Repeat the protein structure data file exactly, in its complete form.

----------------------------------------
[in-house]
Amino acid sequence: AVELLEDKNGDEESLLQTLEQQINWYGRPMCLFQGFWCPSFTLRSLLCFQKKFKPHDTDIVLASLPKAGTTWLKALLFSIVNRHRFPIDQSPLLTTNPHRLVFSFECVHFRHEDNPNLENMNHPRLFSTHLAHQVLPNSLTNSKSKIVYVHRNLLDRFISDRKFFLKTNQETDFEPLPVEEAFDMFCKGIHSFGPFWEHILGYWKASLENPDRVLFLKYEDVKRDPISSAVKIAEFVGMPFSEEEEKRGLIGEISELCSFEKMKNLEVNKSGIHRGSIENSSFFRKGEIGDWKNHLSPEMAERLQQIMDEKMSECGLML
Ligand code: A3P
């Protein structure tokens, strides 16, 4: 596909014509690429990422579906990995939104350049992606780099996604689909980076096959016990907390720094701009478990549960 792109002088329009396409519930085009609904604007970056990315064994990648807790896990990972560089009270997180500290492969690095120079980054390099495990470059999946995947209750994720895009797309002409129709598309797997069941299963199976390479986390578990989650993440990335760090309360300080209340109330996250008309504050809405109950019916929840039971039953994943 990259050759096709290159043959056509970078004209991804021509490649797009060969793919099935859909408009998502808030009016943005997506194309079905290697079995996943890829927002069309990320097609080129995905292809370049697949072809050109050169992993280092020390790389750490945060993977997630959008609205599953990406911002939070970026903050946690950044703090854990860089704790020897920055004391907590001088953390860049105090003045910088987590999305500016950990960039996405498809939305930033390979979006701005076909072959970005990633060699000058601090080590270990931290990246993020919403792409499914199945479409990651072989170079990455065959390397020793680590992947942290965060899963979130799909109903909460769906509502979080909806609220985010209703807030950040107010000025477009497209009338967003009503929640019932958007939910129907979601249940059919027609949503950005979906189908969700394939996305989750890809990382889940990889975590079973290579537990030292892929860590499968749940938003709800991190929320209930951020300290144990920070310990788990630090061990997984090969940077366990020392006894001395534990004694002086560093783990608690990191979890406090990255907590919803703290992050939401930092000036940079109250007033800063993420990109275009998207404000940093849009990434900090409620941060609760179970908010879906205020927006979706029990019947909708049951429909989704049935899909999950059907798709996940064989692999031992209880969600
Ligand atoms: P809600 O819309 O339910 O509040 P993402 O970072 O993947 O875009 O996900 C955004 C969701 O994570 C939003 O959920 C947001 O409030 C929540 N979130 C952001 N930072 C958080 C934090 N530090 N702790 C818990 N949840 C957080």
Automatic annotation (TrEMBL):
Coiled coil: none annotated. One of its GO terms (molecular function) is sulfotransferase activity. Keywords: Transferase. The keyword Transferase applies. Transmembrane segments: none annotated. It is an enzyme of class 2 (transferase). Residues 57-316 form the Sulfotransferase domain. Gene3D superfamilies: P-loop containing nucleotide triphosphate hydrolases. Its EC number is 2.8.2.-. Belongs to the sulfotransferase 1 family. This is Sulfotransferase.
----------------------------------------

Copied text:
[in-house]
Amino acid sequence: AVELLEDKNGDEESLLQTLEQQINWYGRPMCLFQGFWCPSFTLRSLLCFQKKFKPHDTDIVLASLPKAGTTWLKALLFSIVNRHRFPIDQSPLLTTNPHRLVFSFECVHFRHEDNPNLENMNHPRLFSTHLAHQVLPNSLTNSKSKIVYVHRNLLDRFISDRKFFLKTNQETDFEPLPVEEAFDMFCKGIHSFGPFWEHILGYWKASLENPDRVLFLKYEDVKRDPISSAVKIAEFVGMPFSEEEEKRGLIGEISELCSFEKMKNLEVNKSGIHRGSIENSSFFRKGEIGDWKNHLSPEMAERLQQIMDEKMSECGLML
Ligand code: A3P
């Protein structure tokens, strides 16, 4: 596909014509690429990422579906990995939104350049992606780099996604689909980076096959016990907390720094701009478990549960 792109002088329009396409519930085009609904604007970056990315064994990648807790896990990972560089009270997180500290492969690095120079980054390099495990470059999946995947209750994720895009797309002409129709598309797997069941299963199976390479986390578990989650993440990335760090309360300080209340109330996250008309504050809405109950019916929840039971039953994943 990259050759096709290159043959056509970078004209991804021509490649797009060969793919099935859909408009998502808030009016943005997506194309079905290697079995996943890829927002069309990320097609080129995905292809370049697949072809050109050169992993280092020390790389750490945060993977997630959008609205599953990406911002939070970026903050946690950044703090854990860089704790020897920055004391907590001088953390860049105090003045910088987590999305500016950990960039996405498809939305930033390979979006701005076909072959970005990633060699000058601090080590270990931290990246993020919403792409499914199945479409990651072989170079990455065959390397020793680590992947942290965060899963979130799909109903909460769906509502979080909806609220985010209703807030950040107010000025477009497209009338967003009503929640019932958007939910129907979601249940059919027609949503950005979906189908969700394939996305989750890809990382889940990889975590079973290579537990030292892929860590499968749940938003709800991190929320209930951020300290144990920070310990788990630090061990997984090969940077366990020392006894001395534990004694002086560093783990608690990191979890406090990255907590919803703290992050939401930092000036940079109250007033800063993420990109275009998207404000940093849009990434900090409620941060609760179970908010879906205020927006979706029990019947909708049951429909989704049935899909999950059907798709996940064989692999031992209880969600
Ligand atoms: P809600 O819309 O339910 O509040 P993402 O970072 O993947 O875009 O996900 C955004 C969701 O994570 C939003 O959920 C947001 O409030 C929540 N979130 C952001 N930072 C958080 C934090 N530090 N702790 C818990 N949840 C957080």
Automatic annotation (TrEMBL):
Coiled coil: none annotated. One of its GO terms (molecular function) is sulfotransferase activity. Keywords: Transferase. The keyword Transferase applies. Transmembrane segments: none annotated. It is an enzyme of class 2 (transferase). Residues 57-316 form the Sulfotransferase domain. Gene3D superfamilies: P-loop containing nucleotide triphosphate hydrolases. Its EC number is 2.8.2.-. Belongs to the sulfotransferase 1 family. This is Sulfotransferase.